• Greater transparency increases trust. People are wary of sharing personal details with companies in fear of where their data will end up. Transparency creates a better understanding and means that companies need to communicate more openly and provide value to prospects. With prospects in control of how data is collected and used, trust between businesses and customers will greatly improve.
  • Respect needs to be earned. Marketers will have to work harder to convince prospects to hand over details. Attention will be harder to gain and quicker to lose, so valuable, meaningful relationships will be key.
  • Marketing needs to be better. Only the best content and customer interaction will survive. This is where tools such as live demos will become even more important for businesses — giving marketers and salespeople the chance to interact with prospects one-to-one to provide true value (there’s that word again!) and relationships that lead to sales.

How to prepare for GDPR

With the deadline for compliance looming, it’s important that marketing teams are fully prepared. Here’s what you need to do:

  1. Review and audit the ways that you currently collect, process, retain and remove data that may have come from non-compliant sources, such as scraping. You may wish to look into a tool such as ECOMPLY for this.
  2. Consider how long data needs to be retained.
  3. Look at data security: how data is protected and removed when it is no longer needed.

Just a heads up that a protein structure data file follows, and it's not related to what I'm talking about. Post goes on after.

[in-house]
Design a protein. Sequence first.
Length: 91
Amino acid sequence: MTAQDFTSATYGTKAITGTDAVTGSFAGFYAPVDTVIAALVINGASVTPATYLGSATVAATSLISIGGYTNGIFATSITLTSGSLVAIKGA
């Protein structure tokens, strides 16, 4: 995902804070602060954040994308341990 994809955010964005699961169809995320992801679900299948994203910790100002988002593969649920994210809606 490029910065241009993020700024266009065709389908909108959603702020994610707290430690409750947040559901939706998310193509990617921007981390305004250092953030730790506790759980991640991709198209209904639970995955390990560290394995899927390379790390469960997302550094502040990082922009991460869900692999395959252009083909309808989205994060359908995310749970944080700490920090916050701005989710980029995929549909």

4. Appoint a Data Protection Officer to take responsibility for data protection (this is often not necessary for startups or small businesses, but is a grey area you may need legal advice on).
  5. Review and amend current privacy notices.
  6. Raise awareness of the implications of GDPR with shareholders, decision makers and all other relevant parties.
  7. Review the six lawful bases for processing data. According to the Information Commissioner’s Office (ICO), these are:
    • Consent: the individual has given clear consent for you to process their personal data for a specific purpose.
    • Contract: the processing is necessary for a contract you have with the individual, or because they have asked you to take specific steps before entering into a contract.
    • Legal obligation: the processing is necessary for you to comply with the law (not including contractual obligations).
    • Vital interests: the processing is necessary to protect someone’s life.
    • Public task: the processing is necessary for you to perform a task in the public interest or for your official functions, and the task or function has a clear basis in law.
    • Legitimate interests: the processing is necessary for your legitimate interests or the legitimate interests of a third party unless there is a good reason to protect the individual’s personal data which overrides those legitimate interests. (This cannot apply if you are a public authority processing data to perform your official tasks.)
  8. Ensure there is a clear and simple way for people to opt-out of communications
  9. Regularly review data collection procedures and privacy policies to ensure your business remains compliant.

For marketing teams, GDPR is about greater transparency and more personalised marketing. Create campaigns that are focussed on value and building meaningful relationships. Give prospects an understanding of why they should opt-in and what they can gain from it, and you’ll earn their long-term trust.